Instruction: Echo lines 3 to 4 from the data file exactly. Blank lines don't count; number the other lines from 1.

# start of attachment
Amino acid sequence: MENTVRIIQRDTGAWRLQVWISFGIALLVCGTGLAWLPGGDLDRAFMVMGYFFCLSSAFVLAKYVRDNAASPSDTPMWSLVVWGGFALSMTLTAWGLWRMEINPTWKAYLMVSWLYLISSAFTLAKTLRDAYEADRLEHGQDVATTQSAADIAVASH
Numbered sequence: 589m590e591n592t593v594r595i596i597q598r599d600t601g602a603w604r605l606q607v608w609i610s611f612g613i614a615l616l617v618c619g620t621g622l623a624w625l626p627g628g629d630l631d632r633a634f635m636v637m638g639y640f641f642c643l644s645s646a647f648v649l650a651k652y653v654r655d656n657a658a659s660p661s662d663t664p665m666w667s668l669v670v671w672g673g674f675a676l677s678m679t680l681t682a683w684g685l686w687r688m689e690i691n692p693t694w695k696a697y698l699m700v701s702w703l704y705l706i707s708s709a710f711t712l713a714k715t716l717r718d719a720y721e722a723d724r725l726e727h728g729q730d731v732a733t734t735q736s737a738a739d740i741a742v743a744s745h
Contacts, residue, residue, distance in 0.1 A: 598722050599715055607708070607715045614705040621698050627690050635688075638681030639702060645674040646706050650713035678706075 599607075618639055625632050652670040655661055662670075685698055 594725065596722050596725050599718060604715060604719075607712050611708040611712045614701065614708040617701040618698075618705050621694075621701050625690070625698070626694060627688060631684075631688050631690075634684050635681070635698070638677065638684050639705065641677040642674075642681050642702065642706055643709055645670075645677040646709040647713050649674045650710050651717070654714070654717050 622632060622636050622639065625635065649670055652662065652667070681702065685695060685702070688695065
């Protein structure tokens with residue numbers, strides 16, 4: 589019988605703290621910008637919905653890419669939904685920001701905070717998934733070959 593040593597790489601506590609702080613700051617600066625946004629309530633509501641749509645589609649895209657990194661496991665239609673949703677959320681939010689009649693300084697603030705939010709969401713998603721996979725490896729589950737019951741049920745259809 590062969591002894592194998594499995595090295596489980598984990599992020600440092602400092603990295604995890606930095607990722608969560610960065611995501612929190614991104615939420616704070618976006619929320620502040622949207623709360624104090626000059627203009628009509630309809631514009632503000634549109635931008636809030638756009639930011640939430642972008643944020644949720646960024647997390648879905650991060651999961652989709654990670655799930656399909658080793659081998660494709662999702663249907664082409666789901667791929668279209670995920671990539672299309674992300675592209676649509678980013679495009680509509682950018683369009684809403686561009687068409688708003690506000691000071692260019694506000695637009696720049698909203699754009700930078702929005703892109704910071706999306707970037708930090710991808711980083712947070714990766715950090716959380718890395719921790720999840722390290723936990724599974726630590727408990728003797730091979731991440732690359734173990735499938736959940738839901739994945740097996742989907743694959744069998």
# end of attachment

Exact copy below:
Contacts, residue, residue, distance in 0.1 A: 598722050599715055607708070607715045614705040621698050627690050635688075638681030639702060645674040646706050650713035678706075 599607075618639055625632050652670040655661055662670075685698055 594725065596722050596725050599718060604715060604719075607712050611708040611712045614701065614708040617701040618698075618705050621694075621701050625690070625698070626694060627688060631684075631688050631690075634684050635681070635698070638677065638684050639705065641677040642674075642681050642702065642706055643709055645670075645677040646709040647713050649674045650710050651717070654714070654717050 622632060622636050622639065625635065649670055652662065652667070681702065685695060685702070688695065
């Protein structure tokens with residue numbers, strides 16, 4: 589019988605703290621910008637919905653890419669939904685920001701905070717998934733070959 593040593597790489601506590609702080613700051617600066625946004629309530633509501641749509645589609649895209657990194661496991665239609673949703677959320681939010689009649693300084697603030705939010709969401713998603721996979725490896729589950737019951741049920745259809 590062969591002894592194998594499995595090295596489980598984990599992020600440092602400092603990295604995890606930095607990722608969560610960065611995501612929190614991104615939420616704070618976006619929320620502040622949207623709360624104090626000059627203009628009509630309809631514009632503000634549109635931008636809030638756009639930011640939430642972008643944020644949720646960024647997390648879905650991060651999961652989709654990670655799930656399909658080793659081998660494709662999702663249907664082409666789901667791929668279209670995920671990539672299309674992300675592209676649509678980013679495009680509509682950018683369009684809403686561009687068409688708003690506000691000071692260019694506000695637009696720049698909203699754009700930078702929005703892109704910071706999306707970037708930090710991808711980083712947070714990766715950090716959380718890395719921790720999840722390290723936990724599974726630590727408990728003797730091979731991440732690359734173990735499938736959940738839901739994945740097996742989907743694959744069998």